Now the U.N. has decided to take up anti-corruption as a cause. Its "Global Compact" for businessmen - the brainchild of Secretary-General Annan - pushes good corporate practices in human rights, labour and the environment; it now also urges business and government officials to combat graft and corruption with renewed energy. The New York declaration that the U.N. adopted on Thursday said: "Business should work against corruption in all its forms, including extortion and bribery."
Mr Annan says that following the wide-scale endorsement of the UN Convention Against Corruption - the first globally agreed instrument to provide sweeping measures regarding the prevention of graft, its criminalization, international cooperation against it and recovery of illegal assets - "there was now a solid consensus behind the need to fight corruption."
But consensus is one thing, practicality is another. One of the problems with U.N. resolutions, no matter how well intentioned, is the lack of enforcement capacity. How is corruption going to be rooted out? By sending the equivalent of U.N. peacekeeping troops to boardrooms and bureaucracies?
The international community might wish to consider three points:
_ All aid from multilateral and bilateral bodies to developing countries should carry strict conditionality clauses concerning corruption. This means tighter auditing of project expenditures, and more frequent spot checks of how aid monies are actually spent. In India, for instance, nearly 80 percent of funds from aid agencies never reach the intended recipients at the grassroots. This is simply unacceptable.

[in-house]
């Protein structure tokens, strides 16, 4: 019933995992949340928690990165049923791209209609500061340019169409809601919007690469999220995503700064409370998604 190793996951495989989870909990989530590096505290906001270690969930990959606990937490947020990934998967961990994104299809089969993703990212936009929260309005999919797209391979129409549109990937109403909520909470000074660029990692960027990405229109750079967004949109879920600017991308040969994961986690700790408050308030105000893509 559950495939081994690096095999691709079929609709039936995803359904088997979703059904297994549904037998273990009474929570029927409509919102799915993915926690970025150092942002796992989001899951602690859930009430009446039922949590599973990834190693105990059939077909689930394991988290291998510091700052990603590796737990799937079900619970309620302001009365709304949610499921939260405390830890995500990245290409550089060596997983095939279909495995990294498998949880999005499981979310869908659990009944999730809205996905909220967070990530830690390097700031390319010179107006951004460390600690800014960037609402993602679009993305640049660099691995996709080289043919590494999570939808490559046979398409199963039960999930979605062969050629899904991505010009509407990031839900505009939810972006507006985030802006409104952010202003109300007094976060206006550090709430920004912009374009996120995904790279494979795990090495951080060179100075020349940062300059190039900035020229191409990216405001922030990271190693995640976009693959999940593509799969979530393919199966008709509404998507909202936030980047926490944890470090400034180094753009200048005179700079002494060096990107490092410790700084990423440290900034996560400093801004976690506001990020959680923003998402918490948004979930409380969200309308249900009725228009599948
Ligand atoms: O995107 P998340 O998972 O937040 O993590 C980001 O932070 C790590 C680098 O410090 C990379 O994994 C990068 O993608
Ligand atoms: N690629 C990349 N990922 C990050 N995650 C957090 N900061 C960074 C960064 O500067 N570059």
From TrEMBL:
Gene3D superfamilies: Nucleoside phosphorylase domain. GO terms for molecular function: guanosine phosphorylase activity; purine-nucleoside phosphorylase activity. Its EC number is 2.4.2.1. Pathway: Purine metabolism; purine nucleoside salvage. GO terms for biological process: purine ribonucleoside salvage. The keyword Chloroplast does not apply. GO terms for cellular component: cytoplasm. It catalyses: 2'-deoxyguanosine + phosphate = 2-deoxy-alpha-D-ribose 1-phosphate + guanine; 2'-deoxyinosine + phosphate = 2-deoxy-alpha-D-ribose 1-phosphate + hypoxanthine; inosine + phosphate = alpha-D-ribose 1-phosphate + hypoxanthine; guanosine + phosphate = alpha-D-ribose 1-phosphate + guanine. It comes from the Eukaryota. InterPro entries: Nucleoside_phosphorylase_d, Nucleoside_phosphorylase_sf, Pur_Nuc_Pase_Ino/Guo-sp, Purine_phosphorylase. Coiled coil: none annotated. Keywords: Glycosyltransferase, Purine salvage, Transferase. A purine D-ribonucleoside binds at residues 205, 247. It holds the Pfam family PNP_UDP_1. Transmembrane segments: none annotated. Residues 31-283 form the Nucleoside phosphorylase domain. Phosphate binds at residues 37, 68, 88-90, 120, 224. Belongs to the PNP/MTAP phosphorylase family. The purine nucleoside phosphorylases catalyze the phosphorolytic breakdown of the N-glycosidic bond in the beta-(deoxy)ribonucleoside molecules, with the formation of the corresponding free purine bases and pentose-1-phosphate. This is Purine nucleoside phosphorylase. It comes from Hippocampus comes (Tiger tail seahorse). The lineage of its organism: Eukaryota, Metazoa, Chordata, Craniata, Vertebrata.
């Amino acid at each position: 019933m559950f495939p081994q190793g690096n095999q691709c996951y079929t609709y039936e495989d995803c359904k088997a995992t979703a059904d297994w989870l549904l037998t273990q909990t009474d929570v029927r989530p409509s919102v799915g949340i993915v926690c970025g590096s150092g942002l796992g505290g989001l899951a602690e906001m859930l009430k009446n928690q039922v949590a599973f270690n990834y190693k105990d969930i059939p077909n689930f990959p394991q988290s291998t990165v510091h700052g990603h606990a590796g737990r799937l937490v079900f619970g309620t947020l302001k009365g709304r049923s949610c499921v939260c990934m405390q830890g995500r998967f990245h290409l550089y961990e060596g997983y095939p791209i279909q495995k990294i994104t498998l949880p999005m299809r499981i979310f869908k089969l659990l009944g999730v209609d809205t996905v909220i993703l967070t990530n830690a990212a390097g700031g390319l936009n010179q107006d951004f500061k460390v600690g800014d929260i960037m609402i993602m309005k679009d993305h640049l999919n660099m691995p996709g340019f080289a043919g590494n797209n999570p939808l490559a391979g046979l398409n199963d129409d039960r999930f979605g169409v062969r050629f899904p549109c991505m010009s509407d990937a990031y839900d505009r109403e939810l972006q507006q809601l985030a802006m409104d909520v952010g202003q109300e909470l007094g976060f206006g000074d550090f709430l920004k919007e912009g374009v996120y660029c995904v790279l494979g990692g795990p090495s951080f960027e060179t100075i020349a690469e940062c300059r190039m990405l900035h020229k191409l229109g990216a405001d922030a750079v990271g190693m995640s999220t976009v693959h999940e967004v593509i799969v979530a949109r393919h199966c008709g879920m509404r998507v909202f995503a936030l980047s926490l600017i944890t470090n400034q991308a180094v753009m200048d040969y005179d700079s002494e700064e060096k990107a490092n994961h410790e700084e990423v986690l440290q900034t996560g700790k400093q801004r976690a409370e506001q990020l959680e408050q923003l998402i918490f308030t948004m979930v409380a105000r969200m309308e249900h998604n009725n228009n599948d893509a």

_ Closer scrutiny of the assets and lifestyles of government officials, particularly those dealing with industrial licenses, foreign investment and aid from abroad. In New Delhi, for example, scores of politicians and bureaucrats have built themselves fancy homes. It stretches credulity to believe that such edifices are the result of thrifty living and careful savings.
_ Punitive measures against violators. These could include being disbarred from holding public office. It's shameful that more than 100 of the 545 members of the Lok Sabha, India's Lower House of Parliament, either are convicted felons or have indictments against them on charges such as murder, rape and extortion. Public service must be a privilege accorded to only thee clean.
In the final analysis, of course, what will truly make the difference concerning higher standards of governance is a country's economic system. Statism - even in the guise of benign socialism that's still fashionable in countries like India - is a natural incubator for corruption. Nations like Singapore have demonstrated that, in economics at least, the best government is the least government. It's time that this lesson was adopted by countries that are being crippled by corruption, often on the part of the very men and women sworn to work for the public good.
Senior Writer and Global-Affairs Columnist